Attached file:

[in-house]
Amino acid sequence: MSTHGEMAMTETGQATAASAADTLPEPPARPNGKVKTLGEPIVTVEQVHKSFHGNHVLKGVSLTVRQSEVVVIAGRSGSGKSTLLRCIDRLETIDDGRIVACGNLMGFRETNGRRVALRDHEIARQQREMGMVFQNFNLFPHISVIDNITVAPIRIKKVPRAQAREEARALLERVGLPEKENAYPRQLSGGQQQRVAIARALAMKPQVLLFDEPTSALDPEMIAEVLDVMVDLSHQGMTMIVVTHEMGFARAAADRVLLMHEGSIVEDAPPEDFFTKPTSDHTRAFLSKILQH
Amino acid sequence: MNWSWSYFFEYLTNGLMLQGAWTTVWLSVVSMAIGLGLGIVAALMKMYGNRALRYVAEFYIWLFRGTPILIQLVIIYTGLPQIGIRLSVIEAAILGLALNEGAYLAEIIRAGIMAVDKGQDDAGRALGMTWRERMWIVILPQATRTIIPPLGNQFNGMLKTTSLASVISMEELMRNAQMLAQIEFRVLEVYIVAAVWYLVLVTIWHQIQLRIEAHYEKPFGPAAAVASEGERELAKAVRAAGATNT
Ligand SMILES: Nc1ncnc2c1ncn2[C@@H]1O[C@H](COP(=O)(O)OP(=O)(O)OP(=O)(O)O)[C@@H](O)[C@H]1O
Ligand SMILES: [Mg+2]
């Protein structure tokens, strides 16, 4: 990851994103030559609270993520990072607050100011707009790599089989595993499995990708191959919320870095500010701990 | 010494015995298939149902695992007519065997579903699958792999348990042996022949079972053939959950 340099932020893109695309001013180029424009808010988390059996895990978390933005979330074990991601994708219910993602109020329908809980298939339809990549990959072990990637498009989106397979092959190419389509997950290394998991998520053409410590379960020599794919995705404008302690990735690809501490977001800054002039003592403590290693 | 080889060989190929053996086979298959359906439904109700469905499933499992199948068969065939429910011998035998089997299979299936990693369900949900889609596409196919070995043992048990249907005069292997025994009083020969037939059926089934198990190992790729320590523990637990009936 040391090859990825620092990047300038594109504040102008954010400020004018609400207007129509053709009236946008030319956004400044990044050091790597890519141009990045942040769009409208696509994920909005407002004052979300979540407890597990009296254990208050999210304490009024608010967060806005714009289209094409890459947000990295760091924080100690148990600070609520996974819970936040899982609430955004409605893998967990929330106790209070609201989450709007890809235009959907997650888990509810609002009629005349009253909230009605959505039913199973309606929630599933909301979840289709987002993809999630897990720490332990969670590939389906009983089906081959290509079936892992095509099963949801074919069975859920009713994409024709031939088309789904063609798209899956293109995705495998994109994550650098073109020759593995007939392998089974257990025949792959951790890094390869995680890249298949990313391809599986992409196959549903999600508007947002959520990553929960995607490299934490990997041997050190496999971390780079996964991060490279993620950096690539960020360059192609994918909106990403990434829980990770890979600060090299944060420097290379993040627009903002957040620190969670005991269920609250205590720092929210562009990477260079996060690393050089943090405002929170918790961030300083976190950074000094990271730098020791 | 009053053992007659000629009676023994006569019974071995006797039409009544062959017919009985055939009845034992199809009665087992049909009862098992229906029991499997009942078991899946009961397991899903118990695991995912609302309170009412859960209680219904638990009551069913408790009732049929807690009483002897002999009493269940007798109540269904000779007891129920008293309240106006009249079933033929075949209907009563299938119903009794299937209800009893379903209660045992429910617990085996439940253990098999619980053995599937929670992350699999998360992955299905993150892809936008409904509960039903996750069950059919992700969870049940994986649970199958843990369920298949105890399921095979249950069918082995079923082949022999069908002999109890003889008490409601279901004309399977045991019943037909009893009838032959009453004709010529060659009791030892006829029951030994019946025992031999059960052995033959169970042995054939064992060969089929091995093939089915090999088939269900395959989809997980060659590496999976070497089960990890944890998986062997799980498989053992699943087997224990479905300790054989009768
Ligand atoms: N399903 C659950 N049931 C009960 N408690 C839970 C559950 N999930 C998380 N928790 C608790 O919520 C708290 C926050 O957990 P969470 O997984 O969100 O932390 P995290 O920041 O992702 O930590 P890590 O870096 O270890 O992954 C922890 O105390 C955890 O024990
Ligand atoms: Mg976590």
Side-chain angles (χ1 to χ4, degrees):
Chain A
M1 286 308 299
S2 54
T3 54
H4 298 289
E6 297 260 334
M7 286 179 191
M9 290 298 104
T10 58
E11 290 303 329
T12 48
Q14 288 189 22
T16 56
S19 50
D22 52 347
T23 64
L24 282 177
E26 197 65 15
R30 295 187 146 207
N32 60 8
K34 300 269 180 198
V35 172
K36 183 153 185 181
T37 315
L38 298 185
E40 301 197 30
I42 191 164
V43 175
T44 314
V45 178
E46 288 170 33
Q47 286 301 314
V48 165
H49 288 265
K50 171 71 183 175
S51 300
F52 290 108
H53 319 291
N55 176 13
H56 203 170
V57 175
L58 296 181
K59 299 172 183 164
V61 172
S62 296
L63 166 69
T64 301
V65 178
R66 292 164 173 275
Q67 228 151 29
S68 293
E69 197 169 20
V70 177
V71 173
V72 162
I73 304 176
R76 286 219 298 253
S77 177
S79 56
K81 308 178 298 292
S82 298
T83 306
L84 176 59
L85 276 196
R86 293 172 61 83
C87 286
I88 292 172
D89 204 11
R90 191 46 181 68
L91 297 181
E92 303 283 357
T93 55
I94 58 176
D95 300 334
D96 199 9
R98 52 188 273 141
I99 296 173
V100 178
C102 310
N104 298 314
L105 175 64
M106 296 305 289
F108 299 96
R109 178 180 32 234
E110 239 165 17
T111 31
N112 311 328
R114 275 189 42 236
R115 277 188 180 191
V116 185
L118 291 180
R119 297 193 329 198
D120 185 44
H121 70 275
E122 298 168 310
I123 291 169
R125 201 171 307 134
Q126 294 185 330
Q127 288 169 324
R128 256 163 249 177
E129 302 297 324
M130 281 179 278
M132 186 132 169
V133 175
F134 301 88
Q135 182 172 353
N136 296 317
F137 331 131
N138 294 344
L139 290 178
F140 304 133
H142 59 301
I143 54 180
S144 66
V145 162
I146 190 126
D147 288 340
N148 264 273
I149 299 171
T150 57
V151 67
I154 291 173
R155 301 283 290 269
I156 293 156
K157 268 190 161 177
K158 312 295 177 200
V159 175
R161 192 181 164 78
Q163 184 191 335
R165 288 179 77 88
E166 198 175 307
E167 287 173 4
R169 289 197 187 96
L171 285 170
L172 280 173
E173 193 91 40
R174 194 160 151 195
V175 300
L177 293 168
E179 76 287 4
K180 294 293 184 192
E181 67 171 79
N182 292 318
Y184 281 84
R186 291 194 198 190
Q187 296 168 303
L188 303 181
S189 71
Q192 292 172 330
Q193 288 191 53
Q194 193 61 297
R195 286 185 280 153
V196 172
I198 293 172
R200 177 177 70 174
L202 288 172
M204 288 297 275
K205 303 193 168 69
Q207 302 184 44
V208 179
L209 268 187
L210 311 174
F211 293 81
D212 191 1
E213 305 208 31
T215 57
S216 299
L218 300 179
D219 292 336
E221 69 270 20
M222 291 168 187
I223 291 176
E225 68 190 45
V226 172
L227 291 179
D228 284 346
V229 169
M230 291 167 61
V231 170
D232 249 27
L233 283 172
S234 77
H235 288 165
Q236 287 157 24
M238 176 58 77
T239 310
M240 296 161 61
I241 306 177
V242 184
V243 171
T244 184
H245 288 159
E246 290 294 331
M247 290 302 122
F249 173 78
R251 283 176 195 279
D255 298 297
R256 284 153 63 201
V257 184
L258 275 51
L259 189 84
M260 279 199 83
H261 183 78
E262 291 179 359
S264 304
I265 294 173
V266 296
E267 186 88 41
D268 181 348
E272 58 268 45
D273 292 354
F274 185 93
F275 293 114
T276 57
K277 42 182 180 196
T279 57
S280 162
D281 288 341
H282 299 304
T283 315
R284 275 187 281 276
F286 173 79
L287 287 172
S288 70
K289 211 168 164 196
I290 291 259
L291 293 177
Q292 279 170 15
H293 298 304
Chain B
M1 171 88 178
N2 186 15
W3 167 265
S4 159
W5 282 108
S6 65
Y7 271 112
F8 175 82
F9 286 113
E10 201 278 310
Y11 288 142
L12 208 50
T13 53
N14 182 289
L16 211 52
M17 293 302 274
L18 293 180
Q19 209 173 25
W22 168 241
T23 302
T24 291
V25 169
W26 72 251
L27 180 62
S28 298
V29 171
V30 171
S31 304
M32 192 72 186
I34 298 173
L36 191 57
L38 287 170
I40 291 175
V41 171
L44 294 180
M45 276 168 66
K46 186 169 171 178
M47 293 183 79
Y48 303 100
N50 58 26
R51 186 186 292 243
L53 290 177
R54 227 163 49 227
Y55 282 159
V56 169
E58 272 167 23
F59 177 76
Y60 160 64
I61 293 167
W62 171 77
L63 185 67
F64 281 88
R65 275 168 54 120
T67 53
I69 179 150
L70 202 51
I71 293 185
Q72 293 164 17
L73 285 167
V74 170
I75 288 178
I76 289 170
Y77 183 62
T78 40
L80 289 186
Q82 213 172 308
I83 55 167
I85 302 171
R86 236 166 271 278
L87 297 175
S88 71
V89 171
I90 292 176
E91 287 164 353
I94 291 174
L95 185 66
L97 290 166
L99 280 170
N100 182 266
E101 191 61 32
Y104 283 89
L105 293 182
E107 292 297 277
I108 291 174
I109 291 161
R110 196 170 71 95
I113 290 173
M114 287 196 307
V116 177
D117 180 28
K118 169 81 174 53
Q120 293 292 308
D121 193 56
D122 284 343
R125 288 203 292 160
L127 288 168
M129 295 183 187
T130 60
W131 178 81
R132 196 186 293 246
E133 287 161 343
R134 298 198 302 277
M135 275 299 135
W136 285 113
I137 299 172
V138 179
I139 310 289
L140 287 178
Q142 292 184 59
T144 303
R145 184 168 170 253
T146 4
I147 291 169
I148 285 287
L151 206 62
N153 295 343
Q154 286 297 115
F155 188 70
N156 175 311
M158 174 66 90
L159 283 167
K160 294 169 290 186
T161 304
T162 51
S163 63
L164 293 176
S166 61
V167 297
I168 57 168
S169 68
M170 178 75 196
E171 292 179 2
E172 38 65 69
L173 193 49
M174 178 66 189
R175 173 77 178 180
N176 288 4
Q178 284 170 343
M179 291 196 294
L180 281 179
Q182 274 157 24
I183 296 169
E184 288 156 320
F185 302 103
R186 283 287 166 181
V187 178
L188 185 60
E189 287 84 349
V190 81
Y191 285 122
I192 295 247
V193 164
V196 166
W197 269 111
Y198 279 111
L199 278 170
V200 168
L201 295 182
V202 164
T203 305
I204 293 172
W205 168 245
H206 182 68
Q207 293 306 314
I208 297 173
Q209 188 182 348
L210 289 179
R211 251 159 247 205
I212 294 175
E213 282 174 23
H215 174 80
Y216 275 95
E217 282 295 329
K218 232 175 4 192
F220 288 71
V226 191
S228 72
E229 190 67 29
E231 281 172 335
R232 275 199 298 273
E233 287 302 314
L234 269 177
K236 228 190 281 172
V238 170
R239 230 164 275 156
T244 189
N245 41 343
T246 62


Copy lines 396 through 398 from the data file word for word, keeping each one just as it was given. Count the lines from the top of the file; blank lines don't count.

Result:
V200 168
L201 295 182
V202 164